A park in New Haven circa 1941. From left, Dora Barbaresi (my grandmother), pregnant sister Jean [Barbaresi] Borrelli, mother Lydia Barbaresi, and sister Edith [Barbaresi] Piccolo. Lydia died when I was a baby, but I do remember my Auntie Jean and Aunt Edith (both great-aunts to me). I thought Jean was very nice, but Edith scared the hell out of me!
What, you’ve never heard of passatellis? Neither has anyone else. Nonni pronounces it “passa-TAYS.” It’s a tubular pasta made from breadcrumbs and Parmesan cheese that is served in chicken soup. This is another old recipe from the 1800's, passed down from the Polverari/Belbusti families of Castelvecchio in the Marches region. It evolved as an ingenious way of using up stale bread.
Growing up in the 1980's, I got used to the inevitable blank stares I'd receive when describing the Italian food that Nonni cooked for us. Sauceless pasta? In soup? It was as if I were Laotian trying to pass myself off as Italian. But, what of lasagna, manicotti, and ziti, they would inquire at recess? Well, Nonni made those, too, I clarified, but the pasta we hold most dear comes in soup. Then, they would beat me up.
Only a small handful of people in our family know how to make passatellis. Nonni freezes and bags them in big batches, but only the lucky ones get to bring them home!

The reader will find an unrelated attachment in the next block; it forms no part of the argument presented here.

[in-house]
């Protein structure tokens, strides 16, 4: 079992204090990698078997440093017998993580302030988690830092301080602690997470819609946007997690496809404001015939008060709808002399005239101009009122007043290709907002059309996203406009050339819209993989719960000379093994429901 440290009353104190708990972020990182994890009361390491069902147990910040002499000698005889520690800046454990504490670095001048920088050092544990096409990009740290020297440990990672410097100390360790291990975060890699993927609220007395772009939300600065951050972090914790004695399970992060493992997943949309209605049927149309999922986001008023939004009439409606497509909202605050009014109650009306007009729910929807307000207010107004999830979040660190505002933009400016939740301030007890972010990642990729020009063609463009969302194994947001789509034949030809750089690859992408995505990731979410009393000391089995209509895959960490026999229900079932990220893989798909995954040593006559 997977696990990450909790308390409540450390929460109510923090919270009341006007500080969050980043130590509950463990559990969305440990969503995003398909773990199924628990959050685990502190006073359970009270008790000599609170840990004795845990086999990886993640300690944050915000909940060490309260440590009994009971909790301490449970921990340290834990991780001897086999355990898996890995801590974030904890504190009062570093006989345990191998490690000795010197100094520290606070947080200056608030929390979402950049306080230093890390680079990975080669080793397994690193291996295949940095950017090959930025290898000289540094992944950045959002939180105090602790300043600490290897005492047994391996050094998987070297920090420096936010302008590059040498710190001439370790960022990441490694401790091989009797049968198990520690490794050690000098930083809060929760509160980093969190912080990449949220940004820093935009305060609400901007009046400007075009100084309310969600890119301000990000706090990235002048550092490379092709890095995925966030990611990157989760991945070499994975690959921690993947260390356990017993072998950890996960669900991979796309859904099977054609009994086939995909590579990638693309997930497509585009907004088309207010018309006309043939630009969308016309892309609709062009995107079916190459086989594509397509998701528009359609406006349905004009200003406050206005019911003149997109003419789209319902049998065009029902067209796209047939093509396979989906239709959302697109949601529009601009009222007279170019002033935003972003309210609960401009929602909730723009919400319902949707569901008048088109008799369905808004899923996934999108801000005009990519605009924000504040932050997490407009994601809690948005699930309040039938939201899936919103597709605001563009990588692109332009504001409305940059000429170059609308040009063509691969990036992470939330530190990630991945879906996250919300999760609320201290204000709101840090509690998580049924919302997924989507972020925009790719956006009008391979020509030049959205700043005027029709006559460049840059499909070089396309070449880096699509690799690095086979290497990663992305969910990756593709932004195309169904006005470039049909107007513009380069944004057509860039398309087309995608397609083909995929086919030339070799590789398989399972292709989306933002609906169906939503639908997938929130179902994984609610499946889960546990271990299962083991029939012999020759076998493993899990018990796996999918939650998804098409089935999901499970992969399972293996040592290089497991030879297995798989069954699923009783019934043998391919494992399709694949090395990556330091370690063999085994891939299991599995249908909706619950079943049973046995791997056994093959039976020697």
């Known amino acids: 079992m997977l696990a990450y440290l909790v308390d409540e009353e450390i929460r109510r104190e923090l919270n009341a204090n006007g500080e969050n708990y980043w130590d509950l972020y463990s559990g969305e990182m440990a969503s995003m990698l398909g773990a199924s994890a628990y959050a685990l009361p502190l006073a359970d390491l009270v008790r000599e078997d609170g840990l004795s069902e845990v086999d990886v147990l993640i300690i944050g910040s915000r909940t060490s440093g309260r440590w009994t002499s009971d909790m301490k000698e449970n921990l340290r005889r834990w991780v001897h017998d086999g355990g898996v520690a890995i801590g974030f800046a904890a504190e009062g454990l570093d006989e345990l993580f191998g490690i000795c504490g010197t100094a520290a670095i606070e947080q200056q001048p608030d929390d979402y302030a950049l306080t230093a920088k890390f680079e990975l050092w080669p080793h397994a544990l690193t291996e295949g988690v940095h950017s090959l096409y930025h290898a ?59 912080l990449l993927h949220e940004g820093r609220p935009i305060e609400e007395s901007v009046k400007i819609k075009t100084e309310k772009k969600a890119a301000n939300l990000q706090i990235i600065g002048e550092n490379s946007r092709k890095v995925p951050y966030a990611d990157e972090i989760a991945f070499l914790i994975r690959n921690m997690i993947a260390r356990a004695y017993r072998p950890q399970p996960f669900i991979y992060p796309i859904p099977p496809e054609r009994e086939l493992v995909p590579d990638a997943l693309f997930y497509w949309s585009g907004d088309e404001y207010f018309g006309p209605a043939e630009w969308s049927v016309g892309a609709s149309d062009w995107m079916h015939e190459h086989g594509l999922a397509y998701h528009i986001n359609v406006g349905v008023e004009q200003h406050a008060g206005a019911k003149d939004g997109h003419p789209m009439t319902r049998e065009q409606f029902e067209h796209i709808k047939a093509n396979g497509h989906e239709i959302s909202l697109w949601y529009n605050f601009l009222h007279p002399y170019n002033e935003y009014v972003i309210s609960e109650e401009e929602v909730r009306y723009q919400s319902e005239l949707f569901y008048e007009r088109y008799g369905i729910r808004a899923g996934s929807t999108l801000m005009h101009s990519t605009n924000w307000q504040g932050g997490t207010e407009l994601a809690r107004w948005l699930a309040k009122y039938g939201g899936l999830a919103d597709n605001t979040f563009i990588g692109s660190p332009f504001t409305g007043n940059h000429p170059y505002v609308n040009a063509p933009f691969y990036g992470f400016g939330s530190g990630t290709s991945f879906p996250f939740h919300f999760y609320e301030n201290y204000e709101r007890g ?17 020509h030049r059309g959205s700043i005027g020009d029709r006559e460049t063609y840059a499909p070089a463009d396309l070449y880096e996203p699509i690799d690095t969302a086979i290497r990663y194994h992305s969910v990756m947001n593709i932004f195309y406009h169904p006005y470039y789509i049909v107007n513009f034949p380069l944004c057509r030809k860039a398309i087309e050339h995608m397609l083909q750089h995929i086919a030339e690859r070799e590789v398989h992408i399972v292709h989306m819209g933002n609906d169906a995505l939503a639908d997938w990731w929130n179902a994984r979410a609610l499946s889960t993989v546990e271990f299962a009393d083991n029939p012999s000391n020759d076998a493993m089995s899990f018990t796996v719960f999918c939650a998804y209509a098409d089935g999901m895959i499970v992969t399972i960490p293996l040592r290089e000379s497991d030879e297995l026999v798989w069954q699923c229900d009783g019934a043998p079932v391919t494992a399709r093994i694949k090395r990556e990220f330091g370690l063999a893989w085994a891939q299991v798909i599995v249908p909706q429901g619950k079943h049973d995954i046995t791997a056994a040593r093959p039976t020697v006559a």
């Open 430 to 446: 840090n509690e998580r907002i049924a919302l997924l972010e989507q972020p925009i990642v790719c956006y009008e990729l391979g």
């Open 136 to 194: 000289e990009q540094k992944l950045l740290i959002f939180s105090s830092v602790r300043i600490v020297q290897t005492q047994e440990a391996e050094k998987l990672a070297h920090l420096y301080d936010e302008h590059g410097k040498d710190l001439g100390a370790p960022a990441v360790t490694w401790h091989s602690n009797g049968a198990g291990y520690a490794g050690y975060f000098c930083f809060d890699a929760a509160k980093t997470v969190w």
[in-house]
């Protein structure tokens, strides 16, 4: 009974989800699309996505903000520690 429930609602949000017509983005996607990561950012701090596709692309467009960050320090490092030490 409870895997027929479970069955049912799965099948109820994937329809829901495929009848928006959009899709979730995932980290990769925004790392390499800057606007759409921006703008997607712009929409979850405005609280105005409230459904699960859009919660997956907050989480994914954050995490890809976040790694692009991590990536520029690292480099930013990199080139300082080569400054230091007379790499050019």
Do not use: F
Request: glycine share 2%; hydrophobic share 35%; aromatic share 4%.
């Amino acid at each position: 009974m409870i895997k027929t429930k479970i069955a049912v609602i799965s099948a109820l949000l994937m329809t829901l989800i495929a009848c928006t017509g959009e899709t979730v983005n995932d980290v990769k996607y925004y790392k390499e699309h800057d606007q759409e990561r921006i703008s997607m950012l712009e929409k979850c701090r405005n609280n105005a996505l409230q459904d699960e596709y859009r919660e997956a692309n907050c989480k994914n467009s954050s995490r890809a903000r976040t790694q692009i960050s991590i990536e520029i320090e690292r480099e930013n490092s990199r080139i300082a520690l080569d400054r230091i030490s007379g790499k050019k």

I’m not sure how they shape them in Italy, but Nonni uses a meat grinder to extrude the noodles. You could also use the meat grinding attachment on your stand mixer.
4 cups plain breadcrumbs
3 cups Parmesan cheese
Pinch of nutmeg
Pinch of lemon zest
8 large eggs
In a large bowl or pot, mix breadcrumbs with cheese, nutmeg, and zest. Add eggs and mix thoroughly until cohesive dough forms. Make into small balls (about 2 inches in diameter) and set aside in a covered bowl.
One by one, put balls through a meat grinder to form thick strands. Cut strings to about 4- to 6-inch lengths and lay them out on the table to dry for several hours before cooking. To freeze, let them dry overnight before storing.
Serve in Nonni’s chicken soup. To cook, bring soup to a boil and add fresh or frozen strands (no need to defrost). Cook until done, about 3 minutes.
Dora [Barbaresi] Donroe
New Haven, Connecticut
Nonni’s homemade passatellis. Photo by Trish Barker.